Fluorescence Lifetime Imaging (FLIM) with a focus on frequency domain FLIM with pco.flim
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Fluorescence Lifetime Imaging (FLIM) with a focus on frequency domain FLIM with pco.flim


Fluorescence lifetime imaging or FLIM in the time and frequency domain. The differences in fluorescence
lifetimes in luminophores can be used as an imaging
technique called FLIM. This can be achieved both in the
time and the frequency domain. Established examples of
time domain equipment are point scanning TCSPC systems. These point scanners count
the emission photons in time allowing you to reconstruct
a luminescence decay curve. This makes TCSPC suited for mixed,
fast and weak emission signals. On the downside the recording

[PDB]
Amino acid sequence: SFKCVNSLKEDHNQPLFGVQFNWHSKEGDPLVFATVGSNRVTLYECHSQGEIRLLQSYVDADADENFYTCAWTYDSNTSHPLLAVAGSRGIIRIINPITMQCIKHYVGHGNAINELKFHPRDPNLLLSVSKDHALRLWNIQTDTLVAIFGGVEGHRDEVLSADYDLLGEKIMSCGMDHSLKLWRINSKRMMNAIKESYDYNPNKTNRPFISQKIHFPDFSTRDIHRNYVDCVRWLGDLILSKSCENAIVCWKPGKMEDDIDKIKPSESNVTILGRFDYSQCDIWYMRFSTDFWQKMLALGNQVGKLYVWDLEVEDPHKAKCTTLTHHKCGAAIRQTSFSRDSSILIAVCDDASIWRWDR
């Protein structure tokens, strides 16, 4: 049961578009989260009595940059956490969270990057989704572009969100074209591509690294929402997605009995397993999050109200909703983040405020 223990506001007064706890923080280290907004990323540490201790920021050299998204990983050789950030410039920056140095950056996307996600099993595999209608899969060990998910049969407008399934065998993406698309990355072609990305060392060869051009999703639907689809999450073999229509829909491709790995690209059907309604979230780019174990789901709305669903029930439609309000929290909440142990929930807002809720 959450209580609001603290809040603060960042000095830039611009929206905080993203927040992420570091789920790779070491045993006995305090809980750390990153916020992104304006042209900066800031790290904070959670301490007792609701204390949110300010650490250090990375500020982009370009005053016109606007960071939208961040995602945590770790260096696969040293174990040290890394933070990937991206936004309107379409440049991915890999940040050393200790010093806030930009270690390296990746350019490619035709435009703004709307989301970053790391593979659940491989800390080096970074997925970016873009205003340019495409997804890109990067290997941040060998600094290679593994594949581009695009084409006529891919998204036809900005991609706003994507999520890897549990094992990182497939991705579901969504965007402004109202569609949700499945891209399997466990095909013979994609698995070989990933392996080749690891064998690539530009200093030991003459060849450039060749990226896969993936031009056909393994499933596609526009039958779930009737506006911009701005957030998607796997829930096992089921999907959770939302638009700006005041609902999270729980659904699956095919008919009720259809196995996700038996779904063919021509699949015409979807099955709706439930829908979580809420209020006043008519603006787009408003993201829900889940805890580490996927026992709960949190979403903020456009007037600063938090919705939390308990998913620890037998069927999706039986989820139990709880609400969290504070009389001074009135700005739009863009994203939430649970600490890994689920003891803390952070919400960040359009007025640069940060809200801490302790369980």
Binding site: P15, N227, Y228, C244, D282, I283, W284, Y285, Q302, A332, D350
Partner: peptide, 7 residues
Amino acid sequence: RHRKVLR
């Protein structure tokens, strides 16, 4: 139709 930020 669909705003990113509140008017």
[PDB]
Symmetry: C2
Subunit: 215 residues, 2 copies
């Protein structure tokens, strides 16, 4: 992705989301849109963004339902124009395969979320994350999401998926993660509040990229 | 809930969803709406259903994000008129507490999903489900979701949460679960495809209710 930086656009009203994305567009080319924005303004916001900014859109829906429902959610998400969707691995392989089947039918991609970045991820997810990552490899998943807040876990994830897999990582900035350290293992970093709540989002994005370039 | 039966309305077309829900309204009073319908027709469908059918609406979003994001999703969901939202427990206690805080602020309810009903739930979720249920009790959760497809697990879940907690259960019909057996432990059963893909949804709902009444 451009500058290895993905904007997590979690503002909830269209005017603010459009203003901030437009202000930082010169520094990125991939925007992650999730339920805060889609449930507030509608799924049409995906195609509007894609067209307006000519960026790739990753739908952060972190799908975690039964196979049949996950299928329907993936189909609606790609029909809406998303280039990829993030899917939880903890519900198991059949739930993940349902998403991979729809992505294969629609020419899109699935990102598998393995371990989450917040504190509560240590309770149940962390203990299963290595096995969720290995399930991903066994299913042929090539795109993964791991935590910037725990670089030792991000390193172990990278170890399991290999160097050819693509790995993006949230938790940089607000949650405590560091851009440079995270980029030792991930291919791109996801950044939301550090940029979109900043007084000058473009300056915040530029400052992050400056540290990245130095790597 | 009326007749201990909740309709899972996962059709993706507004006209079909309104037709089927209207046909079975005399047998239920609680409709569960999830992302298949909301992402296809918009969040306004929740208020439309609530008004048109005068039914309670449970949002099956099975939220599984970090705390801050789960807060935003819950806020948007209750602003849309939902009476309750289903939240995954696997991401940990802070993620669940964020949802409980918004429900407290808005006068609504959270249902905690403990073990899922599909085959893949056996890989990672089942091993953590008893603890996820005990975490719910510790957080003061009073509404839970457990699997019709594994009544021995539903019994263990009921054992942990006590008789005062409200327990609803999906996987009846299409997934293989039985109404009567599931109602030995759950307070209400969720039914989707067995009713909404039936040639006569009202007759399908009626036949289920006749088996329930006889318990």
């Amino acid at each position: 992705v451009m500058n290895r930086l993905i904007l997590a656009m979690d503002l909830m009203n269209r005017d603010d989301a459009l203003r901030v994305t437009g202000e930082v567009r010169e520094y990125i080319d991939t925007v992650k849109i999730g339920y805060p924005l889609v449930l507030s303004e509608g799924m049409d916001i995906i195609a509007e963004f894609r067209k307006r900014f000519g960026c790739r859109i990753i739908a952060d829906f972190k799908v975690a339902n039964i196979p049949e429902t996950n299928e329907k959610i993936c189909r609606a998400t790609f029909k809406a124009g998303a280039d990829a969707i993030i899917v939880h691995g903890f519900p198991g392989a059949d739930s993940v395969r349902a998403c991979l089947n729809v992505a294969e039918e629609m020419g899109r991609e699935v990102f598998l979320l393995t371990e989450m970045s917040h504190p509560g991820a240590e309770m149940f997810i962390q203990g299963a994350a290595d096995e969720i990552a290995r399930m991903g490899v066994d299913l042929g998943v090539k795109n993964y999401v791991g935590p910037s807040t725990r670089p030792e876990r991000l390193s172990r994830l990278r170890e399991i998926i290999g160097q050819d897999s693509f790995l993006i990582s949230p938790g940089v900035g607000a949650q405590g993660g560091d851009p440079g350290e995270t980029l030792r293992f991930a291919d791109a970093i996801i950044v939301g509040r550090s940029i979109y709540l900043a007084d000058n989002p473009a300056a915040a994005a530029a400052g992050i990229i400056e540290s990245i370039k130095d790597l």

speed of the process is slow, due to its point scanning nature. One frame of a 1000 times a 1000 pixels can take up to several minutes. And because it depends on
single photon counting it has a limited dynamic range. To prevent under or over exposing it has to be tuned for
either dim or bright signals. Another kind of time-domain FLIM
uses a digital image sensor. In this setup the sample is excited by a period train of rectangular light pulses. Each excitation pulse results in a slightly delayed
weaker emission signal. Starting with a sloped rise of the
emission intensity giving their rise time and a decaying emission after the excitation
light has been turned off giving the fall time. Repeatedly integrating over
the same narrow section of the decay curves leads to the first image. Then, the integration interval is slightly shifted to integrate over another
section of the decay curves giving the second image. This section-wise
integration is repeated until the whole
decay curve is sampled. The limitation of this approach are
the shortest possible exposure times of image sensors. The shortest known exposure time
at the release date of this video is about a 120 nano seconds. By the development of a novel fast
modulatable CMOS image sensor, the QM-FLIM-2, the so-called frequency domain